What better way to spend the day than riding the rails along the gorgeous Gaviota Coast, first high in a dome car, then jouncing, bouncing in the open-air vestibule between cars, the wind whipping your hair?
I joined folks from the Gaviota Conservancy on an excursion Saturday in preparation for Tuesday’s crunch-time Board of Supervisors’ consideration of hoped-for adoption of the Gaviota Plan.
That’s the long-awaited blueprint aimed at preservation of the coastline between Goleta and Vandenberg AFB. The conservancy says the plan will improve the balance between “agriculture and resource protection, strengthen visual protection, and prevent inappropriate industrialization.”
So I climbed aboard the private charter “Silver Splendor” dome car Saturday morning, and we rumbled toward San Luis Obispo. It was built in 1956 during the heyday of “romance of the rails” train travel for the Chicago-Denver run, retired in the 1980s and then renovated.
Swinging and swaying in the dome car, we rolled past the sites of former Chumash villages and whistled our way through fog banks once we cleared Goleta.
At the Tajiguas landfill, where a mountain of garbage rises¸ the Gaviota Conservancy is vehemently opposed to what it calls the county’s “risky” investment of $120 million to build an anaerobic digestion facility to convert trash, based on what the conservancy considers a dubious technology.
We swung away from Highway 101 at the massive Hollister Ranch paradise, restricted to owners only, although surfers’ boats floated offshore. Then came the wind-swept, 25,000-acre Cojo-Jalama Ranch, formerly the Bixby Ranch¸ purchased a few years ago for a reported $136 million by an East Coast investment firm, which has led to worries by environmental groups about possible future development.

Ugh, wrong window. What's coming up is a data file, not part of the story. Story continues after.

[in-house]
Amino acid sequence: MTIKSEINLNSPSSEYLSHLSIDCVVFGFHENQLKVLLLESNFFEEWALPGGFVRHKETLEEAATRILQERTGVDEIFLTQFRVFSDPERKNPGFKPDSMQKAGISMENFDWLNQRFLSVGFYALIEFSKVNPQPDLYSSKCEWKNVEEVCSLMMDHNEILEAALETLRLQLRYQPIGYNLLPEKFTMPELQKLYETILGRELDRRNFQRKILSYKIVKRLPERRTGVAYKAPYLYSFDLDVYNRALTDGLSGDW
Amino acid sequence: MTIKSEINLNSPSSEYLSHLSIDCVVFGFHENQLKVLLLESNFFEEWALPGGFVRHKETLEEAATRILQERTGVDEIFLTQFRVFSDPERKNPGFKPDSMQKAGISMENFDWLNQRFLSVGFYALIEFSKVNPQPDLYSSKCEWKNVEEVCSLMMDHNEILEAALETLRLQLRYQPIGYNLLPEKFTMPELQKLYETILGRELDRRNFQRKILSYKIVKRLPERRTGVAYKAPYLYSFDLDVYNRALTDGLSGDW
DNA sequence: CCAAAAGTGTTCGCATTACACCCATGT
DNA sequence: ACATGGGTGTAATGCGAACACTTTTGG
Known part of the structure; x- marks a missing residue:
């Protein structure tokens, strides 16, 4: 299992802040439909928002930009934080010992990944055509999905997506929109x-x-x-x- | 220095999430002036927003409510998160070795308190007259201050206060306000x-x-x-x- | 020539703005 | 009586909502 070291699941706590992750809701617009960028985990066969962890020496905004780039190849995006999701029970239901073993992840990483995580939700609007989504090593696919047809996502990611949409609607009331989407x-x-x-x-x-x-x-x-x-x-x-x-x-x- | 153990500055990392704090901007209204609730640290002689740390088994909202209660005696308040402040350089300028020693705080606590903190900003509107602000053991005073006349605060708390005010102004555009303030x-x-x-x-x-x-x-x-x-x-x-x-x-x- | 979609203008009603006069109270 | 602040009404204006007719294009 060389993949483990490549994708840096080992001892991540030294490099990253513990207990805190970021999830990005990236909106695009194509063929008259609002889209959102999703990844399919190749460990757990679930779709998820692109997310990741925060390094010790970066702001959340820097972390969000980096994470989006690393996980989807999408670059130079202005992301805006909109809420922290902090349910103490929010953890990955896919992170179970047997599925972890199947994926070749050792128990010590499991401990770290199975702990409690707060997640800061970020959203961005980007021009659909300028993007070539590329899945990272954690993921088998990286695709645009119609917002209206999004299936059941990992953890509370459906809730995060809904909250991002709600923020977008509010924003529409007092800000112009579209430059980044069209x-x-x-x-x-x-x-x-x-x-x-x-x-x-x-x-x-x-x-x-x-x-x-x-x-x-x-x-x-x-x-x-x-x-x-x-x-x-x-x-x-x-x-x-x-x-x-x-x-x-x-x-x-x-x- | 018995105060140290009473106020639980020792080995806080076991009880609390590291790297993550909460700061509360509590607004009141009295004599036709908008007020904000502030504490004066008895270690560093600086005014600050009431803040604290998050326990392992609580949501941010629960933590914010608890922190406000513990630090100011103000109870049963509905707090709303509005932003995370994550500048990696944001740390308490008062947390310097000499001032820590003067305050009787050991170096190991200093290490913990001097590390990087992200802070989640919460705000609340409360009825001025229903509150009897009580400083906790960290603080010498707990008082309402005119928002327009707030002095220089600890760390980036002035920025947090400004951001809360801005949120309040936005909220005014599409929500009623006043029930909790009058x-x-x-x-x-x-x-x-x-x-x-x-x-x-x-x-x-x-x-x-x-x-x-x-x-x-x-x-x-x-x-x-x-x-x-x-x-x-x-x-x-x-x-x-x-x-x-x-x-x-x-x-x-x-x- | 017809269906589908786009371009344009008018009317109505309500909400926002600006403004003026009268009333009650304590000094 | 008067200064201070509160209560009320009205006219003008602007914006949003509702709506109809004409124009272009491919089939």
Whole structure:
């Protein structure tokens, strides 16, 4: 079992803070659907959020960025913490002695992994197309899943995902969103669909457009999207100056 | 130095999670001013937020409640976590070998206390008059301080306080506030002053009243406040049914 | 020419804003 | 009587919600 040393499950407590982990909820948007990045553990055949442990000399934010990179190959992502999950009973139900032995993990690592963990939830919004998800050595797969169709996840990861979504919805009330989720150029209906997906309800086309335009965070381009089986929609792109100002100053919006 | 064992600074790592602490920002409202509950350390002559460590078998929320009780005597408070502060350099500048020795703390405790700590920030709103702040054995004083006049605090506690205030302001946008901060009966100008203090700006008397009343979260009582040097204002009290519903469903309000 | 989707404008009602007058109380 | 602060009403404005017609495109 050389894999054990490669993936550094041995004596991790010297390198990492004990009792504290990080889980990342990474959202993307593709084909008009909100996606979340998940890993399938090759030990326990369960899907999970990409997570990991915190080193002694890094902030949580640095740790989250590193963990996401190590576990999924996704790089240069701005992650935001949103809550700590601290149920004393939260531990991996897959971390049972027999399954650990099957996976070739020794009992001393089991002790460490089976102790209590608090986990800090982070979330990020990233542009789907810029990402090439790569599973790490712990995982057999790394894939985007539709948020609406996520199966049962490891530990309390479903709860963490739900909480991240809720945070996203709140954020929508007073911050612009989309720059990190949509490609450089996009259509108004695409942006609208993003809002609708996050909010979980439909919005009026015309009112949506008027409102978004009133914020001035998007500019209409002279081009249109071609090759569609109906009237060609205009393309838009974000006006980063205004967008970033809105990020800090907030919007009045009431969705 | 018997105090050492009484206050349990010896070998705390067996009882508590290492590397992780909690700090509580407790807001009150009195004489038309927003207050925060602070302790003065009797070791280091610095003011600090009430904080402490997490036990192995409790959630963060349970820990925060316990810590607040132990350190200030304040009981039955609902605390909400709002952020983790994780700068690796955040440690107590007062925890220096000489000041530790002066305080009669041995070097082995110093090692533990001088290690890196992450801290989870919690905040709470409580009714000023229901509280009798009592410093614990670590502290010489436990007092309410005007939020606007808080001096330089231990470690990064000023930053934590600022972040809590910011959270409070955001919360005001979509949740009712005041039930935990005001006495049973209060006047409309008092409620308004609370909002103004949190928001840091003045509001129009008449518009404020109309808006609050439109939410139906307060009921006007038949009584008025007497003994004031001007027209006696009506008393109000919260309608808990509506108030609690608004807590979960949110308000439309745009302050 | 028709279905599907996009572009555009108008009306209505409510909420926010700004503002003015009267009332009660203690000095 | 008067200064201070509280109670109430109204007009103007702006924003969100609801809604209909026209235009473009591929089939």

Rolling past seaside Jalama Beach County Park, famous for its Jalama Burgers, we passed around sandwiches and wine and found ourselves in Vandenberg AFB, about the only way the public can see the rocket base.
Bright sun glistened on the water and someone spotted a whale. Then another fog bank and before long we had turned toward SLO-town and a stop at the old station before heading back.
To maintain order, there was veteran conductor Steven P. Phares, resplendent in a dark blue uniform.
The Central Coast Flyer charter program of vintage cars also includes the 1949 Pullman-built “Overland Trail” club-lounge car which, I was told by program manager Terry Remick, includes an authentic barbershop. There’s also the 1950 Pullman-built first-class “Pacific Trail” long-distance chair car.
For more information on these day trips, running once or twice a month from Santa Barbara’s Amtrak station to S.L.O., you can reach Remick at firstname.lastname@example.org.